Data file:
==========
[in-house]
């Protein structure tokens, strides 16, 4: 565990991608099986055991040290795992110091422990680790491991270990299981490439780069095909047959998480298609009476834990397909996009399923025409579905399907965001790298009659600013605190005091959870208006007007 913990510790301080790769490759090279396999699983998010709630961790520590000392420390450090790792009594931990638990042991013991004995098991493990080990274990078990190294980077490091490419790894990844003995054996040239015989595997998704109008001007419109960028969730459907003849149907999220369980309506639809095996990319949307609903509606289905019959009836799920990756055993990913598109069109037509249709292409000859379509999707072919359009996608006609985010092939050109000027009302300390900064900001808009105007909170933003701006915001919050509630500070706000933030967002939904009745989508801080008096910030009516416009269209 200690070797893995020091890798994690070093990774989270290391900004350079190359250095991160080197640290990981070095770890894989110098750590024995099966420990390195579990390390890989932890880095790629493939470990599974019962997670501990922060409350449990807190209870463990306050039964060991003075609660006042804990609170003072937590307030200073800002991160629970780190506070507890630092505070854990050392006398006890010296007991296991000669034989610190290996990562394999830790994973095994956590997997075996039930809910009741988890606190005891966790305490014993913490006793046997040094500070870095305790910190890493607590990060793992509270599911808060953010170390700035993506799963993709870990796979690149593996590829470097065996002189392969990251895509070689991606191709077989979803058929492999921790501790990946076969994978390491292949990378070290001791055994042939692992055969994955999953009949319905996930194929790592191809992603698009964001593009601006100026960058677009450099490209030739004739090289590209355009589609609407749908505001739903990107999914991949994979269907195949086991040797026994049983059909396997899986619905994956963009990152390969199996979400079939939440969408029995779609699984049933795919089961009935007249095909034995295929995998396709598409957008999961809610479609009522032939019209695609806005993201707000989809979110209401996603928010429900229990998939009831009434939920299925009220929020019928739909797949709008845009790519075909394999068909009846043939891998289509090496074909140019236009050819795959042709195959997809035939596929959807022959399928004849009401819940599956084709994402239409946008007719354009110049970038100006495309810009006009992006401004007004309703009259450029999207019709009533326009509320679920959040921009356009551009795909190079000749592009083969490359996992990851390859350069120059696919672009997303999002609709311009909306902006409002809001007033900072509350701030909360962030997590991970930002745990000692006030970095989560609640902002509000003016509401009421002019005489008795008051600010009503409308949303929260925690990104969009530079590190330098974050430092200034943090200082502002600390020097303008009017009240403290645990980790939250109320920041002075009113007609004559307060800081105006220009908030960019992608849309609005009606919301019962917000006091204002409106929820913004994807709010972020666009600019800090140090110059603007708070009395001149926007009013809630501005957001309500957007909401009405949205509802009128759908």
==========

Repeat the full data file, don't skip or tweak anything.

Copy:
[in-house]
């Protein structure tokens, strides 16, 4: 565990991608099986055991040290795992110091422990680790491991270990299981490439780069095909047959998480298609009476834990397909996009399923025409579905399907965001790298009659600013605190005091959870208006007007 913990510790301080790769490759090279396999699983998010709630961790520590000392420390450090790792009594931990638990042991013991004995098991493990080990274990078990190294980077490091490419790894990844003995054996040239015989595997998704109008001007419109960028969730459907003849149907999220369980309506639809095996990319949307609903509606289905019959009836799920990756055993990913598109069109037509249709292409000859379509999707072919359009996608006609985010092939050109000027009302300390900064900001808009105007909170933003701006915001919050509630500070706000933030967002939904009745989508801080008096910030009516416009269209 200690070797893995020091890798994690070093990774989270290391900004350079190359250095991160080197640290990981070095770890894989110098750590024995099966420990390195579990390390890989932890880095790629493939470990599974019962997670501990922060409350449990807190209870463990306050039964060991003075609660006042804990609170003072937590307030200073800002991160629970780190506070507890630092505070854990050392006398006890010296007991296991000669034989610190290996990562394999830790994973095994956590997997075996039930809910009741988890606190005891966790305490014993913490006793046997040094500070870095305790910190890493607590990060793992509270599911808060953010170390700035993506799963993709870990796979690149593996590829470097065996002189392969990251895509070689991606191709077989979803058929492999921790501790990946076969994978390491292949990378070290001791055994042939692992055969994955999953009949319905996930194929790592191809992603698009964001593009601006100026960058677009450099490209030739004739090289590209355009589609609407749908505001739903990107999914991949994979269907195949086991040797026994049983059909396997899986619905994956963009990152390969199996979400079939939440969408029995779609699984049933795919089961009935007249095909034995295929995998396709598409957008999961809610479609009522032939019209695609806005993201707000989809979110209401996603928010429900229990998939009831009434939920299925009220929020019928739909797949709008845009790519075909394999068909009846043939891998289509090496074909140019236009050819795959042709195959997809035939596929959807022959399928004849009401819940599956084709994402239409946008007719354009110049970038100006495309810009006009992006401004007004309703009259450029999207019709009533326009509320679920959040921009356009551009795909190079000749592009083969490359996992990851390859350069120059696919672009997303999002609709311009909306902006409002809001007033900072509350701030909360962030997590991970930002745990000692006030970095989560609640902002509000003016509401009421002019005489008795008051600010009503409308949303929260925690990104969009530079590190330098974050430092200034943090200082502002600390020097303008009017009240403290645990980790939250109320920041002075009113007609004559307060800081105006220009908030960019992608849309609005009606919301019962917000006091204002409106929820913004994807709010972020666009600019800090140090110059603007708070009395001149926007009013809630501005957001309500957007909401009405949205509802009128759908």